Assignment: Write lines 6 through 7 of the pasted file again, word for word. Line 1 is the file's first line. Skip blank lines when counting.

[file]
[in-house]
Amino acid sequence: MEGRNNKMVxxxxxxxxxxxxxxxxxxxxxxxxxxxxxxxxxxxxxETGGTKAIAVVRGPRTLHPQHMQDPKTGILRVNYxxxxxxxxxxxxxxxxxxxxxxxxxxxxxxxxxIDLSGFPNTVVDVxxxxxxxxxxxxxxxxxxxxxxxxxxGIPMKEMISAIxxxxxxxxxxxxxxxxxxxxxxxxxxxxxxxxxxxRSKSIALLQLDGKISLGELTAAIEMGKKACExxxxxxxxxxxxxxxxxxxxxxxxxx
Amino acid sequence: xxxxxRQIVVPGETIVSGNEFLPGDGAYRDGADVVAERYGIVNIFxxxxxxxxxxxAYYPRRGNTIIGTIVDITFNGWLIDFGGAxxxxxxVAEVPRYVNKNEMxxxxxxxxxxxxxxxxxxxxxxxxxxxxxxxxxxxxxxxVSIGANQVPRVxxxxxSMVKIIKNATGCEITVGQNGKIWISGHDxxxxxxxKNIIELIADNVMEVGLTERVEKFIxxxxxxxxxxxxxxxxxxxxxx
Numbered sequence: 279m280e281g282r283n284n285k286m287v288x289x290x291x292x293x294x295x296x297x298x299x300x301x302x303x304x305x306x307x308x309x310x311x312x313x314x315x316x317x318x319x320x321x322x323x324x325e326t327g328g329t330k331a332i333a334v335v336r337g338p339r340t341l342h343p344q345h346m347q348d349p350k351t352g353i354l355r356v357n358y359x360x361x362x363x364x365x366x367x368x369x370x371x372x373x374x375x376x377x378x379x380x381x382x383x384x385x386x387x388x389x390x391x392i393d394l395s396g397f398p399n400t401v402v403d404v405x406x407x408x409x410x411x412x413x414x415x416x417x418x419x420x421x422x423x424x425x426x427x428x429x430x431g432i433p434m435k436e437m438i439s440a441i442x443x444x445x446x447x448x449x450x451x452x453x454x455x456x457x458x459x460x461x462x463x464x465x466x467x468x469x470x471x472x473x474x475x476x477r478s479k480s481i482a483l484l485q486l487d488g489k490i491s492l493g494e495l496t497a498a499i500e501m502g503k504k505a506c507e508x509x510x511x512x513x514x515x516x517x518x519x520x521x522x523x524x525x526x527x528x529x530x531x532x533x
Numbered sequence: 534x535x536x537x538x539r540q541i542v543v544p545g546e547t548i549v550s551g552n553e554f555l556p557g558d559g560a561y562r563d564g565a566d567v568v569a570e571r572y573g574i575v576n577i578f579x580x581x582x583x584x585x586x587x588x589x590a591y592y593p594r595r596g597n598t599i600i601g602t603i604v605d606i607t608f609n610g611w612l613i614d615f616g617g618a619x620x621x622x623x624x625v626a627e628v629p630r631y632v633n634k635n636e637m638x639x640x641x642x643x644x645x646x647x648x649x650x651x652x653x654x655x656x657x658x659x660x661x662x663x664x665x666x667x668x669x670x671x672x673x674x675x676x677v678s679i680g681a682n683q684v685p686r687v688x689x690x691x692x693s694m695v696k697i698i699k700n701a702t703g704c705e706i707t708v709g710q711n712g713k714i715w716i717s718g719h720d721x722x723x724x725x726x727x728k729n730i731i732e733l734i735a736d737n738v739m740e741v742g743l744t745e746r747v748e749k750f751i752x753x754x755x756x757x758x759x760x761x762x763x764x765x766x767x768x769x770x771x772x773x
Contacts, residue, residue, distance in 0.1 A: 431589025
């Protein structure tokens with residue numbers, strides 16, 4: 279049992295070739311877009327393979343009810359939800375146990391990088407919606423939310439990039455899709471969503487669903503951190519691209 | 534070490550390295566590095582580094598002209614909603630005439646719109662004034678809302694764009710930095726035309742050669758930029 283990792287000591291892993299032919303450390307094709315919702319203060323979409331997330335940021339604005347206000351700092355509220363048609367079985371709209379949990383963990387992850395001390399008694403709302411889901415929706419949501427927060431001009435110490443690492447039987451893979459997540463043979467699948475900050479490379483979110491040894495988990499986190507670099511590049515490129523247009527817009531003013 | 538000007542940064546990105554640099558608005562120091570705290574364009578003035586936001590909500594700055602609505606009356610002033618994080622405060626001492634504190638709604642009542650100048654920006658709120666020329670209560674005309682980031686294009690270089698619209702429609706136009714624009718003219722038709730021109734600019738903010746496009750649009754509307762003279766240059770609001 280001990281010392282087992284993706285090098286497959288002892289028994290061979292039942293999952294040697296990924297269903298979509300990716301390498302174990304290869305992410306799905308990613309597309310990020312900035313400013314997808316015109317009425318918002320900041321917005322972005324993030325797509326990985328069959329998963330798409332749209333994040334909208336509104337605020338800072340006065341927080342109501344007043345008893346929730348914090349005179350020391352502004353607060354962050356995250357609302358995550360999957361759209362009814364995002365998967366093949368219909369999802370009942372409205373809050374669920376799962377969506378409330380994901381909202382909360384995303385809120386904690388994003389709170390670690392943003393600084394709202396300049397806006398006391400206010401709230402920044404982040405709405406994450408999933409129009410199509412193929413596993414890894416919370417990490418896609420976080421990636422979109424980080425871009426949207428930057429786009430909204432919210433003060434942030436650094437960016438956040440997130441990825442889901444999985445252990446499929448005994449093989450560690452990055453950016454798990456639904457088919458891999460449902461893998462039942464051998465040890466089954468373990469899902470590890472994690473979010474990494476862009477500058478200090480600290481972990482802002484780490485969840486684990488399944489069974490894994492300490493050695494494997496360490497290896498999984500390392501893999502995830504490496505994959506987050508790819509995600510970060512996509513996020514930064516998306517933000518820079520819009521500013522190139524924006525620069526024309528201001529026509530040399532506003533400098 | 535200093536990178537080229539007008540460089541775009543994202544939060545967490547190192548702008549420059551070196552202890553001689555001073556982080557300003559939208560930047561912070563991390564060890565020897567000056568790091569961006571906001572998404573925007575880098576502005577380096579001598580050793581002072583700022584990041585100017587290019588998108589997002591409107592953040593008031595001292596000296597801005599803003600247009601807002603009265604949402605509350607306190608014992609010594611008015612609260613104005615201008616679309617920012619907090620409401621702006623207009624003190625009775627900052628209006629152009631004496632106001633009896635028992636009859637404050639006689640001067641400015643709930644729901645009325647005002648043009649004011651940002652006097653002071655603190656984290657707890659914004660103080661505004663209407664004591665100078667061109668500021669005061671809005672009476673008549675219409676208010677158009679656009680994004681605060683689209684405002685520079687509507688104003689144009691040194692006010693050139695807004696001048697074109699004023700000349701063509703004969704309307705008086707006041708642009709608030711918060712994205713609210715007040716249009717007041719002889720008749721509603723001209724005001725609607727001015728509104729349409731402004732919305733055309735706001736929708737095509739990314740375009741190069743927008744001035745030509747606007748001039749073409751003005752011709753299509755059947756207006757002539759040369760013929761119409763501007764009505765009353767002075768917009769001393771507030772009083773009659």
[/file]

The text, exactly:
Contacts, residue, residue, distance in 0.1 A: 431589025
């Protein structure tokens with residue numbers, strides 16, 4: 279049992295070739311877009327393979343009810359939800375146990391990088407919606423939310439990039455899709471969503487669903503951190519691209 | 534070490550390295566590095582580094598002209614909603630005439646719109662004034678809302694764009710930095726035309742050669758930029 283990792287000591291892993299032919303450390307094709315919702319203060323979409331997330335940021339604005347206000351700092355509220363048609367079985371709209379949990383963990387992850395001390399008694403709302411889901415929706419949501427927060431001009435110490443690492447039987451893979459997540463043979467699948475900050479490379483979110491040894495988990499986190507670099511590049515490129523247009527817009531003013 | 538000007542940064546990105554640099558608005562120091570705290574364009578003035586936001590909500594700055602609505606009356610002033618994080622405060626001492634504190638709604642009542650100048654920006658709120666020329670209560674005309682980031686294009690270089698619209702429609706136009714624009718003219722038709730021109734600019738903010746496009750649009754509307762003279766240059770609001 280001990281010392282087992284993706285090098286497959288002892289028994290061979292039942293999952294040697296990924297269903298979509300990716301390498302174990304290869305992410306799905308990613309597309310990020312900035313400013314997808316015109317009425318918002320900041321917005322972005324993030325797509326990985328069959329998963330798409332749209333994040334909208336509104337605020338800072340006065341927080342109501344007043345008893346929730348914090349005179350020391352502004353607060354962050356995250357609302358995550360999957361759209362009814364995002365998967366093949368219909369999802370009942372409205373809050374669920376799962377969506378409330380994901381909202382909360384995303385809120386904690388994003389709170390670690392943003393600084394709202396300049397806006398006391400206010401709230402920044404982040405709405406994450408999933409129009410199509412193929413596993414890894416919370417990490418896609420976080421990636422979109424980080425871009426949207428930057429786009430909204432919210433003060434942030436650094437960016438956040440997130441990825442889901444999985445252990446499929448005994449093989450560690452990055453950016454798990456639904457088919458891999460449902461893998462039942464051998465040890466089954468373990469899902470590890472994690473979010474990494476862009477500058478200090480600290481972990482802002484780490485969840486684990488399944489069974490894994492300490493050695494494997496360490497290896498999984500390392501893999502995830504490496505994959506987050508790819509995600510970060512996509513996020514930064516998306517933000518820079520819009521500013522190139524924006525620069526024309528201001529026509530040399532506003533400098 | 535200093536990178537080229539007008540460089541775009543994202544939060545967490547190192548702008549420059551070196552202890553001689555001073556982080557300003559939208560930047561912070563991390564060890565020897567000056568790091569961006571906001572998404573925007575880098576502005577380096579001598580050793581002072583700022584990041585100017587290019588998108589997002591409107592953040593008031595001292596000296597801005599803003600247009601807002603009265604949402605509350607306190608014992609010594611008015612609260613104005615201008616679309617920012619907090620409401621702006623207009624003190625009775627900052628209006629152009631004496632106001633009896635028992636009859637404050639006689640001067641400015643709930644729901645009325647005002648043009649004011651940002652006097653002071655603190656984290657707890659914004660103080661505004663209407664004591665100078667061109668500021669005061671809005672009476673008549675219409676208010677158009679656009680994004681605060683689209684405002685520079687509507688104003689144009691040194692006010693050139695807004696001048697074109699004023700000349701063509703004969704309307705008086707006041708642009709608030711918060712994205713609210715007040716249009717007041719002889720008749721509603723001209724005001725609607727001015728509104729349409731402004732919305733055309735706001736929708737095509739990314740375009741190069743927008744001035745030509747606007748001039749073409751003005752011709753299509755059947756207006757002539759040369760013929761119409763501007764009505765009353767002075768917009769001393771507030772009083773009659």